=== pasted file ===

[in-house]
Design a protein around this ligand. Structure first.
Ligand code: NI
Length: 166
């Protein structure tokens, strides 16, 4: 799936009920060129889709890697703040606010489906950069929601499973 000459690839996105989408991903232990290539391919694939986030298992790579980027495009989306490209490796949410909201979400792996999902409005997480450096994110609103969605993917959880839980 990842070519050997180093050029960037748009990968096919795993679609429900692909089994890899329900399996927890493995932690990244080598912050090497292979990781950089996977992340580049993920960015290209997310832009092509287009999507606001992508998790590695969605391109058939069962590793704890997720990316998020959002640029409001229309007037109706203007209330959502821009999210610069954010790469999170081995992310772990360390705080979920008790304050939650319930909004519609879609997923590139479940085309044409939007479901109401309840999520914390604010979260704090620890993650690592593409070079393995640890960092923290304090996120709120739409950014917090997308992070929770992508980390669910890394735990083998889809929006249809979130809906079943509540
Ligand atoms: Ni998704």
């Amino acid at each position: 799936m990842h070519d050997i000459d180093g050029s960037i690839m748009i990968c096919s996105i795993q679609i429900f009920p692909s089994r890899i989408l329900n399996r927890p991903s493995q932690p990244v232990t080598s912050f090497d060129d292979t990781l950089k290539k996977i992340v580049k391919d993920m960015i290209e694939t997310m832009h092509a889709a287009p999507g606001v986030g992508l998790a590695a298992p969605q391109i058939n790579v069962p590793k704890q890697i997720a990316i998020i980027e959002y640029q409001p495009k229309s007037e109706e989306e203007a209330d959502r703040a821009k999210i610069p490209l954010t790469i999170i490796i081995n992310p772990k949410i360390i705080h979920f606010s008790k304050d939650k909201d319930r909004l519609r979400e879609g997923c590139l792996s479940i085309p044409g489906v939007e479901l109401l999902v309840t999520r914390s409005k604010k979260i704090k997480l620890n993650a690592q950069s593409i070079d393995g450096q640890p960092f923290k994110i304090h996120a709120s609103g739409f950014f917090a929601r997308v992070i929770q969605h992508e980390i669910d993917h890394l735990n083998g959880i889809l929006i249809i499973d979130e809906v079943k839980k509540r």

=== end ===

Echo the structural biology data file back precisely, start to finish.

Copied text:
[in-house]
Design a protein around this ligand. Structure first.
Ligand code: NI
Length: 166
């Protein structure tokens, strides 16, 4: 799936009920060129889709890697703040606010489906950069929601499973 000459690839996105989408991903232990290539391919694939986030298992790579980027495009989306490209490796949410909201979400792996999902409005997480450096994110609103969605993917959880839980 990842070519050997180093050029960037748009990968096919795993679609429900692909089994890899329900399996927890493995932690990244080598912050090497292979990781950089996977992340580049993920960015290209997310832009092509287009999507606001992508998790590695969605391109058939069962590793704890997720990316998020959002640029409001229309007037109706203007209330959502821009999210610069954010790469999170081995992310772990360390705080979920008790304050939650319930909004519609879609997923590139479940085309044409939007479901109401309840999520914390604010979260704090620890993650690592593409070079393995640890960092923290304090996120709120739409950014917090997308992070929770992508980390669910890394735990083998889809929006249809979130809906079943509540
Ligand atoms: Ni998704």
């Amino acid at each position: 799936m990842h070519d050997i000459d180093g050029s960037i690839m748009i990968c096919s996105i795993q679609i429900f009920p692909s089994r890899i989408l329900n399996r927890p991903s493995q932690p990244v232990t080598s912050f090497d060129d292979t990781l950089k290539k996977i992340v580049k391919d993920m960015i290209e694939t997310m832009h092509a889709a287009p999507g606001v986030g992508l998790a590695a298992p969605q391109i058939n790579v069962p590793k704890q890697i997720a990316i998020i980027e959002y640029q409001p495009k229309s007037e109706e989306e203007a209330d959502r703040a821009k999210i610069p490209l954010t790469i999170i490796i081995n992310p772990k949410i360390i705080h979920f606010s008790k304050d939650k909201d319930r909004l519609r979400e879609g997923c590139l792996s479940i085309p044409g489906v939007e479901l109401l999902v309840t999520r914390s409005k604010k979260i704090k997480l620890n993650a690592q950069s593409i070079d393995g450096q640890p960092f923290k994110i304090h996120a709120s609103g739409f950014f917090a929601r997308v992070i929770q969605h992508e980390i669910d993917h890394l735990n083998g959880i889809l929006i249809i499973d979130e809906v079943k839980k509540r």